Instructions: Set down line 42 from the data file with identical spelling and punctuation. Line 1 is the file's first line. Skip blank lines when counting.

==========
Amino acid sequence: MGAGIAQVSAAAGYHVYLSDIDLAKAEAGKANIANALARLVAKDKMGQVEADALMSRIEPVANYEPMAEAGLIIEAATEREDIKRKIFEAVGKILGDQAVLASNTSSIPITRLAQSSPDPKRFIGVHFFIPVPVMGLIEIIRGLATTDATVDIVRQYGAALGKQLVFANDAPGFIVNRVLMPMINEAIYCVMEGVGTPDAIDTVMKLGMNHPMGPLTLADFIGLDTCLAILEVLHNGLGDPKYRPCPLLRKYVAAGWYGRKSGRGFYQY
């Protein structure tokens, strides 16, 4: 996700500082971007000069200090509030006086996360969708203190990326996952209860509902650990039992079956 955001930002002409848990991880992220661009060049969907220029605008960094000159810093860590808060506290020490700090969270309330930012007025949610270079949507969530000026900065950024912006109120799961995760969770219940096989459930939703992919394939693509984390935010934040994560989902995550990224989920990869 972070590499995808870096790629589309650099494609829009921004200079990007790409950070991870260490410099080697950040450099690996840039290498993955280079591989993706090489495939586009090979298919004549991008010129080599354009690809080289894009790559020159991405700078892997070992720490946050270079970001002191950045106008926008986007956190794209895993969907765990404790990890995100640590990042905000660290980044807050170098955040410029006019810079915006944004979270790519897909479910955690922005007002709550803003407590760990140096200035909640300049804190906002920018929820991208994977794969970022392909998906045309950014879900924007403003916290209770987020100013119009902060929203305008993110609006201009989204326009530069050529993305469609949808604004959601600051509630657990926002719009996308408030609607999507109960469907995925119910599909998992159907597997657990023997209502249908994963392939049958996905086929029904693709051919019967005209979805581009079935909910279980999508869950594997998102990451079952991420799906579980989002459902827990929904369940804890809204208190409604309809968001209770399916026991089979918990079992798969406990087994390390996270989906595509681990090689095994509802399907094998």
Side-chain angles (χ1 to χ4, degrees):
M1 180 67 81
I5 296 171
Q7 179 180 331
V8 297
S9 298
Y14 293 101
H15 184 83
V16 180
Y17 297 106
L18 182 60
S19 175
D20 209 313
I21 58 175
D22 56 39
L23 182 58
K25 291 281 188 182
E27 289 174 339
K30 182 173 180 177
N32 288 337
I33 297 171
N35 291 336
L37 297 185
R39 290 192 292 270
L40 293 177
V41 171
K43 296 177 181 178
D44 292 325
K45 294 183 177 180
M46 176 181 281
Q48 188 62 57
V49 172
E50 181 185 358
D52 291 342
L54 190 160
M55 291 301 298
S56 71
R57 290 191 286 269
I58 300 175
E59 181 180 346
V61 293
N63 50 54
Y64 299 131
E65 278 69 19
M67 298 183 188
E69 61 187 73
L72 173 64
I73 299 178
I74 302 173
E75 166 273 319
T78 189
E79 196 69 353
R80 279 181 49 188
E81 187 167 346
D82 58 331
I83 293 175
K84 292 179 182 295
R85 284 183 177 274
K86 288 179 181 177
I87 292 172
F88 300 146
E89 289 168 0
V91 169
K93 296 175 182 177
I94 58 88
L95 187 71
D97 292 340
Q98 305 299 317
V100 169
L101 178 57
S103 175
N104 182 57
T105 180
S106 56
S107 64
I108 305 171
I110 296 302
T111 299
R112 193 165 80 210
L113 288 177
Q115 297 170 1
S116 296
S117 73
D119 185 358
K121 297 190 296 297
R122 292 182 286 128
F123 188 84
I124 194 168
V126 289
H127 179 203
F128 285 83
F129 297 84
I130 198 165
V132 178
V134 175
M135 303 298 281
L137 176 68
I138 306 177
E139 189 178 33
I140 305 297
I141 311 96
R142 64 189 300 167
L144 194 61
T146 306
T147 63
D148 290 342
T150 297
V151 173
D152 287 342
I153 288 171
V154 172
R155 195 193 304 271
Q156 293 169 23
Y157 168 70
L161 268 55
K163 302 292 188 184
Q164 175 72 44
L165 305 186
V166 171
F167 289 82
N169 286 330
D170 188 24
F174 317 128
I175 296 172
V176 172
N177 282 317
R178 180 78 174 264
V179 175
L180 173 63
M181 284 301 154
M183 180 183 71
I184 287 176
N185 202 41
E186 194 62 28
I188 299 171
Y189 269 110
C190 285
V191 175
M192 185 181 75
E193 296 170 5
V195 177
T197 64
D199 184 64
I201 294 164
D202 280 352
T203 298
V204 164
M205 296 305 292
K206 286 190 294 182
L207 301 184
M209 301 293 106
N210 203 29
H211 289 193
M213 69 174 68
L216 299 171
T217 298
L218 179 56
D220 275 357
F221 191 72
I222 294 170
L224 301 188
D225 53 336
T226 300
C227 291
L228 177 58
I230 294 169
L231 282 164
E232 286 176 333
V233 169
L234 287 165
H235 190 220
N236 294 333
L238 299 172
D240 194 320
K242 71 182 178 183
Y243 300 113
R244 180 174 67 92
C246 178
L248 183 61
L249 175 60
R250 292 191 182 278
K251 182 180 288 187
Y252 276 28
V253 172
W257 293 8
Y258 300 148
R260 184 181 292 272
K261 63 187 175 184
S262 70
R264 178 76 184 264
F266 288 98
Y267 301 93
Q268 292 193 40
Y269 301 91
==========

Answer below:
E59 181 180 346